I understand what you mean. It only appears on monitor screen, you won't have this strange visual effect when print.
Was wondering if someone here could explain to me why fill patterns of parallel lines seems to form crazy hatch patterns when zooming in or out. Does the same thing happen in the real world or only with monitors? If my written explanation is too vague I'll find some pics.
It's due to the way pixels are arranged in a grid, it's why on tv they make sure not to wear clothes that will cause that problem (checkered patterns etc.), you have the same thing in CRT screens. What I think happens is that the pixels get a read pattern of colour/ no colour because the colours fall in between where they display on the screen... only I'm sure there is some way to express that in a way that makes sense...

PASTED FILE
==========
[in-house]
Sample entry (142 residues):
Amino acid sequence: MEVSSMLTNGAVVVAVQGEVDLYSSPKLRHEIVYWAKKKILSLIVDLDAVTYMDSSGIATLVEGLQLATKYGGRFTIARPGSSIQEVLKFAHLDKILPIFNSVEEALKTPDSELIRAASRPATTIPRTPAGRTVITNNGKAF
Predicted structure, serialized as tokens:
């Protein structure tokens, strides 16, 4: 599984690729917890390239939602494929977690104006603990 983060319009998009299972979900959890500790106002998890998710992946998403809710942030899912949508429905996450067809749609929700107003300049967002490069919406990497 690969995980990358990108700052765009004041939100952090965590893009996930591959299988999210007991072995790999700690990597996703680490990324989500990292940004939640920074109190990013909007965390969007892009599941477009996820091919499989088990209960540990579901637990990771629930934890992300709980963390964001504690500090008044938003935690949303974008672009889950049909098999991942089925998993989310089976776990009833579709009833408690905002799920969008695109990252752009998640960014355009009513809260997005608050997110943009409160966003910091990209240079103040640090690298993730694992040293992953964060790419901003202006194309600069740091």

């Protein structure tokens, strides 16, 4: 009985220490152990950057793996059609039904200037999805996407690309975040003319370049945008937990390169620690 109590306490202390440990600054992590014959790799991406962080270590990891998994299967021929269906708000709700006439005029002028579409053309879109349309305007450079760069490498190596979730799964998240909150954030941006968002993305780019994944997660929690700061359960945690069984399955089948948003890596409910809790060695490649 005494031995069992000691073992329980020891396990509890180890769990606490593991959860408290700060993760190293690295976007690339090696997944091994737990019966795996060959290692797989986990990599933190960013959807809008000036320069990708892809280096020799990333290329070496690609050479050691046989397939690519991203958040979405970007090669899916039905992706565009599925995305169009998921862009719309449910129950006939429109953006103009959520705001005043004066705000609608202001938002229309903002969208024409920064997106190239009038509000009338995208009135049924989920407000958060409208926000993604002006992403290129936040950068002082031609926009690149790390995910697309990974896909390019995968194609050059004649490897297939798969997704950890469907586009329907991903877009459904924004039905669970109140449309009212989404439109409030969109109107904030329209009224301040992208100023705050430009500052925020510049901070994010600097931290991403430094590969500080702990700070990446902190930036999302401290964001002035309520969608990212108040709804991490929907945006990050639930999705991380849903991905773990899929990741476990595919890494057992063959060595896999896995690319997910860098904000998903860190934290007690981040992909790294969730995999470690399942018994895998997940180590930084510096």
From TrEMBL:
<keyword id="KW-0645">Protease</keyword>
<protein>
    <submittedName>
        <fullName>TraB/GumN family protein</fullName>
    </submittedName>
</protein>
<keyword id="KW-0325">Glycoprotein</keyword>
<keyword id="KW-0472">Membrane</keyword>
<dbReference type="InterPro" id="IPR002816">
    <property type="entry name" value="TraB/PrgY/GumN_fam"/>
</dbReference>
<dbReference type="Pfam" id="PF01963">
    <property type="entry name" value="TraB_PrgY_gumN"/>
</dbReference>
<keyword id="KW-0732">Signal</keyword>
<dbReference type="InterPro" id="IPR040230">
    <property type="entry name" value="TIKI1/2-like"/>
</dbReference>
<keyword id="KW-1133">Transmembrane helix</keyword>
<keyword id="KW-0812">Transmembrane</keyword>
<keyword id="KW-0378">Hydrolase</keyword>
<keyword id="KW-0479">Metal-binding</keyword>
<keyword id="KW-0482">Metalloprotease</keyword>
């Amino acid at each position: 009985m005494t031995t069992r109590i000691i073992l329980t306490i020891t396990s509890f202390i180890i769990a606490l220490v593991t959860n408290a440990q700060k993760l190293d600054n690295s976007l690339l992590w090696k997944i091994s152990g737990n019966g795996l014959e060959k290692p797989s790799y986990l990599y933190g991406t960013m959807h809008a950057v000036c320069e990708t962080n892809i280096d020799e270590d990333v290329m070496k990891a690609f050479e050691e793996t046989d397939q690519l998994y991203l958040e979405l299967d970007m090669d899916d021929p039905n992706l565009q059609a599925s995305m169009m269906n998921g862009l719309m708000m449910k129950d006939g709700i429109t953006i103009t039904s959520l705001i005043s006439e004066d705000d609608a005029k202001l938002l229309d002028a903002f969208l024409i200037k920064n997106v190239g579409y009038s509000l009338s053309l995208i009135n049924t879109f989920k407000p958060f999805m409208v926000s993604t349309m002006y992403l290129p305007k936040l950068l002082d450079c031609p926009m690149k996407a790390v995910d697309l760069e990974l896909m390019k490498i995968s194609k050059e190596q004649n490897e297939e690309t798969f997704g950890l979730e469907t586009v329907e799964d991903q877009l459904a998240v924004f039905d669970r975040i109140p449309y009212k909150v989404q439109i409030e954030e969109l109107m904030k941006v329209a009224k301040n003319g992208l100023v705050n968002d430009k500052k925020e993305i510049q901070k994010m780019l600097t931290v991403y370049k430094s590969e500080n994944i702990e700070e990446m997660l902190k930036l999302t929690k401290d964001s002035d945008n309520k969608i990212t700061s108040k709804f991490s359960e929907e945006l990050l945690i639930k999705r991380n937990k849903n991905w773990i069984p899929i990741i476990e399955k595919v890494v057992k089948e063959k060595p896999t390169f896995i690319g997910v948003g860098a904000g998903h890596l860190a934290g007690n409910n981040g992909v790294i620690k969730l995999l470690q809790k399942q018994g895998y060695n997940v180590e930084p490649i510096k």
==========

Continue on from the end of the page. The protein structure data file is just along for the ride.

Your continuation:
Falconius describes part of the problem. The real problem is how the image is sampled. A quick internet search on "image resampling" and "moire patterns" and "aliasing" will turn up a lot of discussions on the subject. The (overly) short version is that if you make an image smaller by just picking a pixel at a multiple of the image size (e.g. shrinking an image to 1/3 its size by picking every third pixel), then any pattern that happened to be in the original image at every third pixel will be made more apparent. A grid, for example, might drop out lines and a pattern that is composed of every other sample will show as a larger checkerboard pattern. Very broadly speaking, shrinking an image involves using all pixels in the source image to produce the destination image (typically, a blur as big as your shrink ratio is a good starting point); enlarging an image involves trying to create detail at the right scale to avoid artifacts like blockiness and ringing. http://www.cartographersguild.com/tu...explained.html has some good discussions on the subject.